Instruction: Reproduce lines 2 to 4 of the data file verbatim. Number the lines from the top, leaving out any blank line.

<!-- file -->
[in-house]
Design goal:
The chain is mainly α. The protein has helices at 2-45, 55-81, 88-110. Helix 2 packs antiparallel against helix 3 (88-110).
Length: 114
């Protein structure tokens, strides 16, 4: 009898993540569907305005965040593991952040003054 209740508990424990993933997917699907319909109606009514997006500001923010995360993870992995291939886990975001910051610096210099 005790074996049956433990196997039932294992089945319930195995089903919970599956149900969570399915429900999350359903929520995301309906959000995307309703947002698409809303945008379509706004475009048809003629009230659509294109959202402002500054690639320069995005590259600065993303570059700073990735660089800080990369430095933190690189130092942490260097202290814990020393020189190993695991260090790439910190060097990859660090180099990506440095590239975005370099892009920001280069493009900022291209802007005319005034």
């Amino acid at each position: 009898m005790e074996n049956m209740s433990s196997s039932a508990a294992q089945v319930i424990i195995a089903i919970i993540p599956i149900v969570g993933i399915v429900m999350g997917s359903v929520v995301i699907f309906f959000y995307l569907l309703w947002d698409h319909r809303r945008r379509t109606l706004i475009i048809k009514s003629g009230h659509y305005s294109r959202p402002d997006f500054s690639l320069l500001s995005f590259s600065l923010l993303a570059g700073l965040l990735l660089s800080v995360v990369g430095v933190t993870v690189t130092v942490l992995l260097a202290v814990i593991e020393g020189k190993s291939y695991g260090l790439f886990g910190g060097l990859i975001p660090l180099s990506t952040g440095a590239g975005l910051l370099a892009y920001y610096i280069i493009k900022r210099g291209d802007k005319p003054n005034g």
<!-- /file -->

Design goal:
The chain is mainly α. The protein has helices at 2-45, 55-81, 88-110. Helix 2 packs antiparallel against helix 3 (88-110).
Length: 114